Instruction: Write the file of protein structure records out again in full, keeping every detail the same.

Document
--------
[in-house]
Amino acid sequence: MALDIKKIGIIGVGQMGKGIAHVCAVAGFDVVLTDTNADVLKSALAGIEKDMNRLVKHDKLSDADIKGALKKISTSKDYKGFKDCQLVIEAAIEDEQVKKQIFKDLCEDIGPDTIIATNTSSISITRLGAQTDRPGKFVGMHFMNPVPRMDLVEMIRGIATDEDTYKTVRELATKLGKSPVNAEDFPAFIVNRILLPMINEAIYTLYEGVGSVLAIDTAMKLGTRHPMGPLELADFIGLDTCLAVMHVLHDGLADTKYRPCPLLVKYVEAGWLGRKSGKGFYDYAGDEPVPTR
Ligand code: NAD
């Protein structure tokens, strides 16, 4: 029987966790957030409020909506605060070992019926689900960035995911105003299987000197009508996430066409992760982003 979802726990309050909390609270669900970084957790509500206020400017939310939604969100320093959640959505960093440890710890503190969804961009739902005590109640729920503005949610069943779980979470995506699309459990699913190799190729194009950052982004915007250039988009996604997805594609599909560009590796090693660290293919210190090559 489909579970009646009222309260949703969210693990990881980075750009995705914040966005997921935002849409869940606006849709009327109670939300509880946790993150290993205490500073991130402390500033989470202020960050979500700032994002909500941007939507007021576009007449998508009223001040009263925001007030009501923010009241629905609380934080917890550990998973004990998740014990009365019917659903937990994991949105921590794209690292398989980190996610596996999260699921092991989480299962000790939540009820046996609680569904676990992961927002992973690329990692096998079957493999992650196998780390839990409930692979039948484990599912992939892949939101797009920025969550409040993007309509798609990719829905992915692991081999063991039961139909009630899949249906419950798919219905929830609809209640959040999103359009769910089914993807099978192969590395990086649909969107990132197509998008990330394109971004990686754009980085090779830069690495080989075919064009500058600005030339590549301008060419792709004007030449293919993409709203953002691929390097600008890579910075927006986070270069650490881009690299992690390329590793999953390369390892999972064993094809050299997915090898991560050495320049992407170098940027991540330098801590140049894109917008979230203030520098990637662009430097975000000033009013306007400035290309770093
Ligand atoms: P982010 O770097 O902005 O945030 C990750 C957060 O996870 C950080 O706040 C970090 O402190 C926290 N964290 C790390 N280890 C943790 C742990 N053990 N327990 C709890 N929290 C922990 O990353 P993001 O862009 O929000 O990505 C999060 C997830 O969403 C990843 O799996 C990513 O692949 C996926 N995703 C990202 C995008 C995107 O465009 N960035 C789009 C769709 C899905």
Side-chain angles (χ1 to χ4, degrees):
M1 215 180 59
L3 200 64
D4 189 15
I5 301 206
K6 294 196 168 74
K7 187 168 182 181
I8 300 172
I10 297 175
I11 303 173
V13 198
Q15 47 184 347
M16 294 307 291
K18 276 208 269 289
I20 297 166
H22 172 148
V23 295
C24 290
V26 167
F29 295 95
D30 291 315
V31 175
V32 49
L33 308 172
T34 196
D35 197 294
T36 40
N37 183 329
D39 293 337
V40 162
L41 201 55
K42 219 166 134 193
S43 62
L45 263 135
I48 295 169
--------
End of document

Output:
[in-house]
Amino acid sequence: MALDIKKIGIIGVGQMGKGIAHVCAVAGFDVVLTDTNADVLKSALAGIEKDMNRLVKHDKLSDADIKGALKKISTSKDYKGFKDCQLVIEAAIEDEQVKKQIFKDLCEDIGPDTIIATNTSSISITRLGAQTDRPGKFVGMHFMNPVPRMDLVEMIRGIATDEDTYKTVRELATKLGKSPVNAEDFPAFIVNRILLPMINEAIYTLYEGVGSVLAIDTAMKLGTRHPMGPLELADFIGLDTCLAVMHVLHDGLADTKYRPCPLLVKYVEAGWLGRKSGKGFYDYAGDEPVPTR
Ligand code: NAD
């Protein structure tokens, strides 16, 4: 029987966790957030409020909506605060070992019926689900960035995911105003299987000197009508996430066409992760982003 979802726990309050909390609270669900970084957790509500206020400017939310939604969100320093959640959505960093440890710890503190969804961009739902005590109640729920503005949610069943779980979470995506699309459990699913190799190729194009950052982004915007250039988009996604997805594609599909560009590796090693660290293919210190090559 489909579970009646009222309260949703969210693990990881980075750009995705914040966005997921935002849409869940606006849709009327109670939300509880946790993150290993205490500073991130402390500033989470202020960050979500700032994002909500941007939507007021576009007449998508009223001040009263925001007030009501923010009241629905609380934080917890550990998973004990998740014990009365019917659903937990994991949105921590794209690292398989980190996610596996999260699921092991989480299962000790939540009820046996609680569904676990992961927002992973690329990692096998079957493999992650196998780390839990409930692979039948484990599912992939892949939101797009920025969550409040993007309509798609990719829905992915692991081999063991039961139909009630899949249906419950798919219905929830609809209640959040999103359009769910089914993807099978192969590395990086649909969107990132197509998008990330394109971004990686754009980085090779830069690495080989075919064009500058600005030339590549301008060419792709004007030449293919993409709203953002691929390097600008890579910075927006986070270069650490881009690299992690390329590793999953390369390892999972064993094809050299997915090898991560050495320049992407170098940027991540330098801590140049894109917008979230203030520098990637662009430097975000000033009013306007400035290309770093
Ligand atoms: P982010 O770097 O902005 O945030 C990750 C957060 O996870 C950080 O706040 C970090 O402190 C926290 N964290 C790390 N280890 C943790 C742990 N053990 N327990 C709890 N929290 C922990 O990353 P993001 O862009 O929000 O990505 C999060 C997830 O969403 C990843 O799996 C990513 O692949 C996926 N995703 C990202 C995008 C995107 O465009 N960035 C789009 C769709 C899905």
Side-chain angles (χ1 to χ4, degrees):
M1 215 180 59
L3 200 64
D4 189 15
I5 301 206
K6 294 196 168 74
K7 187 168 182 181
I8 300 172
I10 297 175
I11 303 173
V13 198
Q15 47 184 347
M16 294 307 291
K18 276 208 269 289
I20 297 166
H22 172 148
V23 295
C24 290
V26 167
F29 295 95
D30 291 315
V31 175
V32 49
L33 308 172
T34 196
D35 197 294
T36 40
N37 183 329
D39 293 337
V40 162
L41 201 55
K42 219 166 134 193
S43 62
L45 263 135
I48 295 169